Effects of site‐selection bias on estimates of biodiversity change

berenike.bick [ at ] hifmb.de


Estimates of biodiversity change are essential for the management and conservation of ecosystems. Accurate estimates rely on selecting representative sites, but monitoring often focuses on sites of special interest. How such site‐selection biases influence estimates of biodiversity change is largely unknown. Site‐selection bias potentially occurs across four major sources of biodiversity data, decreasing in likelihood from citizen science, museums, national park monitoring, and academic research. We defined site‐selection bias as a preference for sites that are either densely populated (i.e., abundance bias) or species rich (i.e., richness bias). We simulated biodiversity change in a virtual landscape and tracked the observed biodiversity at a sampled site. The site was selected either randomly or with a site‐selection bias. We used a simple spatially resolved, individual‐based model to predict the movement or dispersal of individuals in and out of the chosen sampling site. Site‐selection bias exaggerated estimates of biodiversity loss in sites selected with a bias by on average 300–400% compared with randomly selected sites. Based on our simulations, site‐selection bias resulted in positive trends being estimated as negative trends: richness increase was estimated as 0.1 in randomly selected sites, whereas sites selected with a bias showed a richness change of −0.1 to −0.2 on average. Thus, site‐selection bias may falsely indicate decreases in biodiversity. We varied sampling design and characteristics of the species and found that site‐selection biases were strongest in short time series, for small grains, organisms with low dispersal ability, large regional species pools, and strong spatial aggregation. Based on these findings, to minimize site‐selection bias, we recommend use of systematic site‐selection schemes; maximizing sampling area; calculating biodiversity measures cumulatively across plots; and use of biodiversity measures that are less sensitive to rare species, such as the effective number of species. Awareness of the potential impact of site‐selection bias is needed for biodiversity monitoring, the design of new studies on biodiversity change, and the interpretation of existing data.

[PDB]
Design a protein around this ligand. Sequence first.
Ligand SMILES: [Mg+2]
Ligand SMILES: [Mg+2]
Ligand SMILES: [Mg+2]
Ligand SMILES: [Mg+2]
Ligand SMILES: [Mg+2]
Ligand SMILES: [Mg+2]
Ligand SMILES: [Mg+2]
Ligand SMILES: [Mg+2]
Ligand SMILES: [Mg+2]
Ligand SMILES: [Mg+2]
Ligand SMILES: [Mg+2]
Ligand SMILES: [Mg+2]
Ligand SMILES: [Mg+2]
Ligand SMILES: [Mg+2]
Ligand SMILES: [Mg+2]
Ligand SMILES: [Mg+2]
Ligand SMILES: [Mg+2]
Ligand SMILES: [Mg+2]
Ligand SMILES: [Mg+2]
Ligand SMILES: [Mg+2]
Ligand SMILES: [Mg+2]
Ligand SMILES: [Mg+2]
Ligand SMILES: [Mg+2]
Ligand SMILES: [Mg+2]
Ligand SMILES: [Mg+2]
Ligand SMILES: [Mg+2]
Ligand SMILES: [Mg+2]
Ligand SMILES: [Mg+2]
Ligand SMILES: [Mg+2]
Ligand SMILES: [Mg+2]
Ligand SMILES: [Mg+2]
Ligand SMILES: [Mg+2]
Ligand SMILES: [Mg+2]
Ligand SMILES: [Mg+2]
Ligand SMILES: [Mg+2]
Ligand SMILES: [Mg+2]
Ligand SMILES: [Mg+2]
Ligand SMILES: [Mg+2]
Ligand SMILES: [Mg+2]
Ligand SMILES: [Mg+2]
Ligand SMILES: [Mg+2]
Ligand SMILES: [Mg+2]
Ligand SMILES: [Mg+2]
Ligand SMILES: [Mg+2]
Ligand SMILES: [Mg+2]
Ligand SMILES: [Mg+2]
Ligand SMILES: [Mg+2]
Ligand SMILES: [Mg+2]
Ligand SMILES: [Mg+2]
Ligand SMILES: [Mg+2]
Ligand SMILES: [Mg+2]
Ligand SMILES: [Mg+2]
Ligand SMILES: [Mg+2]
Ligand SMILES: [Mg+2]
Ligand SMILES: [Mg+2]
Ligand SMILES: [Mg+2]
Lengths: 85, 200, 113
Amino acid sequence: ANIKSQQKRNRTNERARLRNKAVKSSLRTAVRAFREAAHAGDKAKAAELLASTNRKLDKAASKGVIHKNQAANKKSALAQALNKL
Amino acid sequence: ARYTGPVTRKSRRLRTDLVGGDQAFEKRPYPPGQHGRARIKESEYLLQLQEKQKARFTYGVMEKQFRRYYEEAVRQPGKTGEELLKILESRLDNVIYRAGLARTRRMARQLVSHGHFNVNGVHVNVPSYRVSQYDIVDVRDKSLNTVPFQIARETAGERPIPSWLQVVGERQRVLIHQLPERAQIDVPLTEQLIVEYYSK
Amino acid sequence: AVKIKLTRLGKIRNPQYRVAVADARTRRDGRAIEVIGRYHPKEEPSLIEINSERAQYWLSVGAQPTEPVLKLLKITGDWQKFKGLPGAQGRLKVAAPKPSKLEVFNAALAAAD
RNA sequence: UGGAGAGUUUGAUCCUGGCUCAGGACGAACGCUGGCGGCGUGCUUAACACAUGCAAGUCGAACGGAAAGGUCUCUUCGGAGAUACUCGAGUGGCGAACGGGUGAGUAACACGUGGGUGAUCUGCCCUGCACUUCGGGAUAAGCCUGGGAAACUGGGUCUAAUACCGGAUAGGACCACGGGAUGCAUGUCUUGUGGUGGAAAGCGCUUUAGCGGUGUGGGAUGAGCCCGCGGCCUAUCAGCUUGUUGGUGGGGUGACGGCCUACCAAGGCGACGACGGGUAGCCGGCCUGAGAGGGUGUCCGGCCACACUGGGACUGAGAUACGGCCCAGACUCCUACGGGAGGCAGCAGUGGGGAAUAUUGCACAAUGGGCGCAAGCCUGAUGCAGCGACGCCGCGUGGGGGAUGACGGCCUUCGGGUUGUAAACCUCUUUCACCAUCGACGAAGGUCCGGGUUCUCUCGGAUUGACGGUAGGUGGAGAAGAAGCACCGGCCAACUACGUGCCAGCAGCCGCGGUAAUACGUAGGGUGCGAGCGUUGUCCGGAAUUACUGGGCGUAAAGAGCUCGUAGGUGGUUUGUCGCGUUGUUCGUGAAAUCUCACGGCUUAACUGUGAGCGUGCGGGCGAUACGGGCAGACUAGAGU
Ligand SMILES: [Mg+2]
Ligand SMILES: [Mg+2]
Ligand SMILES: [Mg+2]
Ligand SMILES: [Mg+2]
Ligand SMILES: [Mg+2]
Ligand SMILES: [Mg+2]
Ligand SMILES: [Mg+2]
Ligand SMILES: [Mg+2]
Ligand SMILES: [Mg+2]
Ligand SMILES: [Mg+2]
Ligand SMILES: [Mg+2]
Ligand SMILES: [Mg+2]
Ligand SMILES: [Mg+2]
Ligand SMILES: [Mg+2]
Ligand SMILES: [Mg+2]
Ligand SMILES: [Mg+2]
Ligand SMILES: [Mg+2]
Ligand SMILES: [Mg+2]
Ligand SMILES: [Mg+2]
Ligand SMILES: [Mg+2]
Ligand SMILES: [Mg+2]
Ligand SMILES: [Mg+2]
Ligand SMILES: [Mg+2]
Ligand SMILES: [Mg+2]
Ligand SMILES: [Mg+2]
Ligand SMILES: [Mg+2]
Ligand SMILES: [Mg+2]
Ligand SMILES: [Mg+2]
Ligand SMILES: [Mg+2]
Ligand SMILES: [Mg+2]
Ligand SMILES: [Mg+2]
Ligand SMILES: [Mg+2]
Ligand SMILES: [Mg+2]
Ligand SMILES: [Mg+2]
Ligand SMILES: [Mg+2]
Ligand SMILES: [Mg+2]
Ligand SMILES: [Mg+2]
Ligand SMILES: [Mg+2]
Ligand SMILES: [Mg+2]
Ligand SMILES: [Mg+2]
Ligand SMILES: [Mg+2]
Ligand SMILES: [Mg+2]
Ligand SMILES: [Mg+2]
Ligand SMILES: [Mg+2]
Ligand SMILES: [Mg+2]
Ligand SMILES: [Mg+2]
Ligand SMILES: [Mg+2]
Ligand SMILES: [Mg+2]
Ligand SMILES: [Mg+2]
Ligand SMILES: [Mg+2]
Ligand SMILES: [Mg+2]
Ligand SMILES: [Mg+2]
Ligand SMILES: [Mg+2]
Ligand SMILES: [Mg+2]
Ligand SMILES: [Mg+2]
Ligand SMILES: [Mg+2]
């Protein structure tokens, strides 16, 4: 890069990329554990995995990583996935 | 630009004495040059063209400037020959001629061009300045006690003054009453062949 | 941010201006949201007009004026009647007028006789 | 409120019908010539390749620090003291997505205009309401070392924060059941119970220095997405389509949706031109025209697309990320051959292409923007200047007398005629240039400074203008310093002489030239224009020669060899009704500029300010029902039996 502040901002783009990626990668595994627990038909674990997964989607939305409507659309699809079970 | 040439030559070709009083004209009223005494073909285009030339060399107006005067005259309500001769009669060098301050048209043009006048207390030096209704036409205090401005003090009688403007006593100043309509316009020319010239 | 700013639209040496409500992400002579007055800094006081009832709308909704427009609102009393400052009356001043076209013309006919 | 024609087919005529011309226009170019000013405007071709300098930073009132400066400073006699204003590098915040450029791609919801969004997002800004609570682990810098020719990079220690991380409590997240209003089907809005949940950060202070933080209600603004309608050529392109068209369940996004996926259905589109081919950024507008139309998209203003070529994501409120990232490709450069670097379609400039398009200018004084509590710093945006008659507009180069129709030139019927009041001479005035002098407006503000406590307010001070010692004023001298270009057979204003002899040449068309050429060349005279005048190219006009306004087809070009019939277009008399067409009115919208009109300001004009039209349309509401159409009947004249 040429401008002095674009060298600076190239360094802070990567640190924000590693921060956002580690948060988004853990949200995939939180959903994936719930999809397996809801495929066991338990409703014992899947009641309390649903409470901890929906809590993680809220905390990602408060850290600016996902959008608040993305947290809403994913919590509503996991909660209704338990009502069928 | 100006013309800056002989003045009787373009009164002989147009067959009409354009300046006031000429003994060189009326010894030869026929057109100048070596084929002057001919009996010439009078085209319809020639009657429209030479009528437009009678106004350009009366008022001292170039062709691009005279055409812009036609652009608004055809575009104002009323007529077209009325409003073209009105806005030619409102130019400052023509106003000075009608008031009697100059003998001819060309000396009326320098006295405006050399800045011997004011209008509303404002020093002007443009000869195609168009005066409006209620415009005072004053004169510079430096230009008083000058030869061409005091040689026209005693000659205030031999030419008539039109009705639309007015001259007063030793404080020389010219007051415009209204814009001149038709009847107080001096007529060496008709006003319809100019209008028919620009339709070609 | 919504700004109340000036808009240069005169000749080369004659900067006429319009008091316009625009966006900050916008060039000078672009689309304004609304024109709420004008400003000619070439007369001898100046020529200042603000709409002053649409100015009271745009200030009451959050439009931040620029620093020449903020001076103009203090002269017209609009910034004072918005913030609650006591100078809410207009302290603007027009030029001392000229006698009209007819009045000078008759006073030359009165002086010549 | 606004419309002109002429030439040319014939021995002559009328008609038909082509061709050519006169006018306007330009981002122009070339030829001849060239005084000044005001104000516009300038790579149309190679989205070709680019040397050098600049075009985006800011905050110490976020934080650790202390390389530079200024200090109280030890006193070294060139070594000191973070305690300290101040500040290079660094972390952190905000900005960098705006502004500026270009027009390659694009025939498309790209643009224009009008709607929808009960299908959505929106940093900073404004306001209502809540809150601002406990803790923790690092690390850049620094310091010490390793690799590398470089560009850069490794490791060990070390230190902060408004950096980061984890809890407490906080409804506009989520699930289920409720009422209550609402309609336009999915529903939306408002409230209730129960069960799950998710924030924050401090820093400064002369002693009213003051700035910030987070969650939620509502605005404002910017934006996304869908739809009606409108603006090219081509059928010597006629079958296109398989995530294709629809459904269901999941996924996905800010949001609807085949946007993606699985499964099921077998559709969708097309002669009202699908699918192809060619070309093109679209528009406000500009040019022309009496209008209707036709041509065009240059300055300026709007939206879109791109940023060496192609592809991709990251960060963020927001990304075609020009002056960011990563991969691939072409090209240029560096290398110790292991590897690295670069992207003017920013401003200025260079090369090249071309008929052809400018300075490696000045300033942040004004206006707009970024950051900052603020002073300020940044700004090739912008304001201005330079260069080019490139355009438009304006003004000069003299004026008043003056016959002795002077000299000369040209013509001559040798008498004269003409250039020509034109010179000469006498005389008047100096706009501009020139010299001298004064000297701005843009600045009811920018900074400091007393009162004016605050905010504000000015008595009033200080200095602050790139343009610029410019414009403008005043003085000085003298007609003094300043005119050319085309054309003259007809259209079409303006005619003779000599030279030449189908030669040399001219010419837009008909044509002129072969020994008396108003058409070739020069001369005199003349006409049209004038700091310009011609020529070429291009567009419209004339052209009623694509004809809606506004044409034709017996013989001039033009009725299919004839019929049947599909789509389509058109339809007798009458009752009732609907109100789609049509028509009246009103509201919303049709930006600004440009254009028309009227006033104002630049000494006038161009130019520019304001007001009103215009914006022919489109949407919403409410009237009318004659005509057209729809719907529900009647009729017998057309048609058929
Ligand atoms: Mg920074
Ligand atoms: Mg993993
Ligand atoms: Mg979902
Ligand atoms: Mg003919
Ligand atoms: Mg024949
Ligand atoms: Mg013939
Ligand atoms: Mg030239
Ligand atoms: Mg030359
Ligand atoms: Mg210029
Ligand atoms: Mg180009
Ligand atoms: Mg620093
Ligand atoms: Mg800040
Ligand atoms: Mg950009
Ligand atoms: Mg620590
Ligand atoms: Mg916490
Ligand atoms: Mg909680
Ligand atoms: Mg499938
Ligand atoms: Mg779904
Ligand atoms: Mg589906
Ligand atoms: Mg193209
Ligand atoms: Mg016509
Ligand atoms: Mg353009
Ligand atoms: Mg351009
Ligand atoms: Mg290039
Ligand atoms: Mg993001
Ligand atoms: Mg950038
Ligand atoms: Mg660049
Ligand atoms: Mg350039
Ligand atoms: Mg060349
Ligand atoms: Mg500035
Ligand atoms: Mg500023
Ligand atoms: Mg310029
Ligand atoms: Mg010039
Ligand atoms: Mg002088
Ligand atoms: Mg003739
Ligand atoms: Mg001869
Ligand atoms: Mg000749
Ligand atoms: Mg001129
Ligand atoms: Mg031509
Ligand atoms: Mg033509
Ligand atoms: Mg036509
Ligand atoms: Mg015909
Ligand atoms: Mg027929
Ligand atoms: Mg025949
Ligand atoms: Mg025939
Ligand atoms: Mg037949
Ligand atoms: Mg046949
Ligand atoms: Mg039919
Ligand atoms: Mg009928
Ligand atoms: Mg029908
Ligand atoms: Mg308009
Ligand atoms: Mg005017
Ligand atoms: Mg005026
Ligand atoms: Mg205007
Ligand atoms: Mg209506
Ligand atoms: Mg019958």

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DOI 10.1111/cobi.13610

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Mentges, A. , Blowes, S. A. , Hodapp, D. , Hillebrand, H. and Chase, J. M. (2020): Effects of site‐selection bias on estimates of biodiversity change , Conservation Biology . doi: 10.1111/cobi.13610

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